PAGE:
How to Sculpt a Flat Belly Part 3: Meal Frequency and Macronutrients

Welcome to lesson 3.  Yesterday I showed you how to calculate calories.  Today I want to talk about meal frequency and macronutrients. 

What are macronutrients?  They’re the chemicals that you get calories from.  In other words, carbohydrates, fat, and protein.  And alcohol, but you know I’m going to tell you not to drink, right?  But let’s address meal frequency first.

Thankfully, the research doesn’t really back the idea that you should eat six meals a day, nor the idea that you’d be best off eating just once or twice a day.  The optimal meal frequency is actually three or four meals a day- so in this respect, most of us are already doing just fine.

So, back to macros.  Here’s how many of them you need.  Note that to calculate macro requirements, you’ll need to know how many calories you plan to eat every day. 

Protein.  You should be eating at least .8 grams of protein per pound of bodyweight per day.  So if you weigh 150 pounds, you should eat at least 120 grams of protein per day.  If you’re over fifty, you should instead eat at least one gram of protein per pound of bodyweight per day. 

Your protein intake should be spread fairly evenly throughout the day, but you should have a little more with your first and last meal of the day, since there’s a big overnight fasting period between them.

Protein has 4 calories per gram.

Fat. You need fat to maintain good hormonal health- plus it makes your meals more satiating, and your body needs it for some structural purposes.  Don’t listen to pop health magazines; fat isn’t the enemy.

For optimal health and hormone production, you need to eat at least .4 grams of fat per pound of bodyweight per day, and ideally more.  This assumes you’re at a fairly normal weight, however- if you’re obese, you’ll be alright with 50 grams per day. 

In the above example, if you weigh 150 pounds, you’d want to eat at least 60 grams of fat per day.  It isn’t very important when in the day you eat fat, but you need at least five grams with every meal to maximize satiety.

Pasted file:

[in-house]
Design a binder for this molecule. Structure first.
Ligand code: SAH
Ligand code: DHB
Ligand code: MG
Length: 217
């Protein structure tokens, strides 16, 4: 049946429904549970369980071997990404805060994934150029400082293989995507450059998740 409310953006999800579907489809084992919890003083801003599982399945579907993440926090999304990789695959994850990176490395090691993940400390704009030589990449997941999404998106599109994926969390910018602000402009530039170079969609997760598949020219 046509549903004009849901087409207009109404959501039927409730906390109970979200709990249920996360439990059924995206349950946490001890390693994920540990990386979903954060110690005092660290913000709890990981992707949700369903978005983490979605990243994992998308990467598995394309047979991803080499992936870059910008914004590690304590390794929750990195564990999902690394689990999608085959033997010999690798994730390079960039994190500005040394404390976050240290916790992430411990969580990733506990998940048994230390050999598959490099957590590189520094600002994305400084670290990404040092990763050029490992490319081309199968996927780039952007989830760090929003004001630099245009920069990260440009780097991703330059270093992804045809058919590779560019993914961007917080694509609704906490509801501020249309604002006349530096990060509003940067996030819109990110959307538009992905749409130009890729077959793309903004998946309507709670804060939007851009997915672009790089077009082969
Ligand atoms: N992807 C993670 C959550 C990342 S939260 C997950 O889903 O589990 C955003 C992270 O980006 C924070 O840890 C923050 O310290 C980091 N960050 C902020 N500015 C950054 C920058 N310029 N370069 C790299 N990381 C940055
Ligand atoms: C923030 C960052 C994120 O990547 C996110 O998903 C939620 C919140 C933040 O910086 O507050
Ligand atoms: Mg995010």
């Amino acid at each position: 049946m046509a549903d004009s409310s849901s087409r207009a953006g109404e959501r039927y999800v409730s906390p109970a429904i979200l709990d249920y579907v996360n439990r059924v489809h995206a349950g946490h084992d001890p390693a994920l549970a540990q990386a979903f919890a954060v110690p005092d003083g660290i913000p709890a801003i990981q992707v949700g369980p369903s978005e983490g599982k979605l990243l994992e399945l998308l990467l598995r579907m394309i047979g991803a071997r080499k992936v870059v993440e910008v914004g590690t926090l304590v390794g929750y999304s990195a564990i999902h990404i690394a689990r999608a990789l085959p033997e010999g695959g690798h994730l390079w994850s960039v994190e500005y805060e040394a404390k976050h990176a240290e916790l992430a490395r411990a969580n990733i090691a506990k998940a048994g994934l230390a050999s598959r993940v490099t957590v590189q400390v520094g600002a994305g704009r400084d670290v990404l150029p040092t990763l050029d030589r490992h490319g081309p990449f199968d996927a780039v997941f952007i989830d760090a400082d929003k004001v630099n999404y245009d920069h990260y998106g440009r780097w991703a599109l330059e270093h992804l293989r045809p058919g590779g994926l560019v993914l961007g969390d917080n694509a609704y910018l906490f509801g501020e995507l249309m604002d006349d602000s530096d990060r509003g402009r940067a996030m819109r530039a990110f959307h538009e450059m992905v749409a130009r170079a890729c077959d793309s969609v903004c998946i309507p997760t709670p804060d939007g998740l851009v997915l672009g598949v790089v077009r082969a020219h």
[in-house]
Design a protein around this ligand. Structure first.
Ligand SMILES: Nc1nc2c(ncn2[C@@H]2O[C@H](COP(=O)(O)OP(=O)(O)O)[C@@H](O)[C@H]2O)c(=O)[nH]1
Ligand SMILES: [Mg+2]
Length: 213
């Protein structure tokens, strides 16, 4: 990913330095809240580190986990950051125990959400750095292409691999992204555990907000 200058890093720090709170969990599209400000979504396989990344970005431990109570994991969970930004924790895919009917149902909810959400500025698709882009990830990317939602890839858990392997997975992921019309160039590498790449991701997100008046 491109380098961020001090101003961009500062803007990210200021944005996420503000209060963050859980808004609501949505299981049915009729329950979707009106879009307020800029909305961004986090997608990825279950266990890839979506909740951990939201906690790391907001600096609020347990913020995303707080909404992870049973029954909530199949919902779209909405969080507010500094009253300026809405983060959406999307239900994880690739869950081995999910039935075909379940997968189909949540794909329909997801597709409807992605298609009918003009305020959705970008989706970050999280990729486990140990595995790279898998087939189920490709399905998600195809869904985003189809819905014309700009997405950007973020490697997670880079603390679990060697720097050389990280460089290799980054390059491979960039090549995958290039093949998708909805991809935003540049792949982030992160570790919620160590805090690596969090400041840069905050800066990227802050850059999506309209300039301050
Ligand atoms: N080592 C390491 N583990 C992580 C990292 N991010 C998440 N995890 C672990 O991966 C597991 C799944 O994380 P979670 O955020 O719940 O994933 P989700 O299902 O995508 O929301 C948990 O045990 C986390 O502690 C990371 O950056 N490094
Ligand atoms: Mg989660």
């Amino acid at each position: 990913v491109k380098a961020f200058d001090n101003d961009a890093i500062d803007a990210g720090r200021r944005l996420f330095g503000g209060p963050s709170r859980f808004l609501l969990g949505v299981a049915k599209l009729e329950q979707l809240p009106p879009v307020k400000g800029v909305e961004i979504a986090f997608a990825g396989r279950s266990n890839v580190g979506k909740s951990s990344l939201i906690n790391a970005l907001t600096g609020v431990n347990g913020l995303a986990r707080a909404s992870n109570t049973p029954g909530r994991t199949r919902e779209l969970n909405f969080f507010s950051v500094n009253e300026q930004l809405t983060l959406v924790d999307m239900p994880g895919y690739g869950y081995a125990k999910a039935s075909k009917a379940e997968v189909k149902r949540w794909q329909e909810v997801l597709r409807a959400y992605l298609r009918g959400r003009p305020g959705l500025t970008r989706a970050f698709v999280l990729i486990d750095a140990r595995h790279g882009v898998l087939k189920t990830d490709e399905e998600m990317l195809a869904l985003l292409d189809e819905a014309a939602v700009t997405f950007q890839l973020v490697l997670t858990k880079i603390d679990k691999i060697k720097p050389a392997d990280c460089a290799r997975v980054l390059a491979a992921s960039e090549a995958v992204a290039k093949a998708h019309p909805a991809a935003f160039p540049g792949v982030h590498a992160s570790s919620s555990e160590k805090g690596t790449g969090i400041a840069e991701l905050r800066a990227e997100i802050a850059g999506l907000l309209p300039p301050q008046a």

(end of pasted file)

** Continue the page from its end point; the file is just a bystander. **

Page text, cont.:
Fat has 9 calories per gram. 

Carbs.  Your body doesn’t necesarily need carbohydrates at all, but most people will feel their best if they consume low to moderate amounts of carbohydrates.  Carbohydrates have 4 calories per gram, and the amount you can consume depends on how many daily calories you have left over after accounting for protein and fat.  Unlike fat and protein, carbohydrate requirements are expressed as a maximum, not a minimum. 

Suppose you weigh 150 pounds, and you’re aiming to eat 1500 calories a day.  That means you’re eating at least 120 grams, or 480 calories, of protein, and 60 grams, or 540 calories, of fat.  That leaves 380 calories, so you could eat a maximum of 95 grams of carbohydrates per day.

Yes, that means you get to eat more carbs as you get leaner and more physically active.  You have to earn your carbs. 

You should time a majority of your carbohydrates in the evening, because eating carbs causes your brain to produce serotonin and melatonin, making you sleepy. 

Alcohol breaks down into sugar in your body, but it’s more energy-dense than carbohydrates.  It has 7 calories per gram.  And it’s bad for you.  Don’t drink alcohol, but if you do, make sure you’re counting the calories properly.

So, to recap

Calculate minimum fat and protein requirements based on your bodyweight.  Calculate how many calories of fat and protein you’re eating, and then calculate a maximum carbohydrate intake based on how many calories you have left over. 

Eat three or four meals a day.  Eat most of your carbohydrates at night, eat protein with every meal, and eat your fat whenever you want, as long as you have a little bit with each meal. 

That’s it for today’s lesson.  Tomorrow I’ll tell you how to train your abs.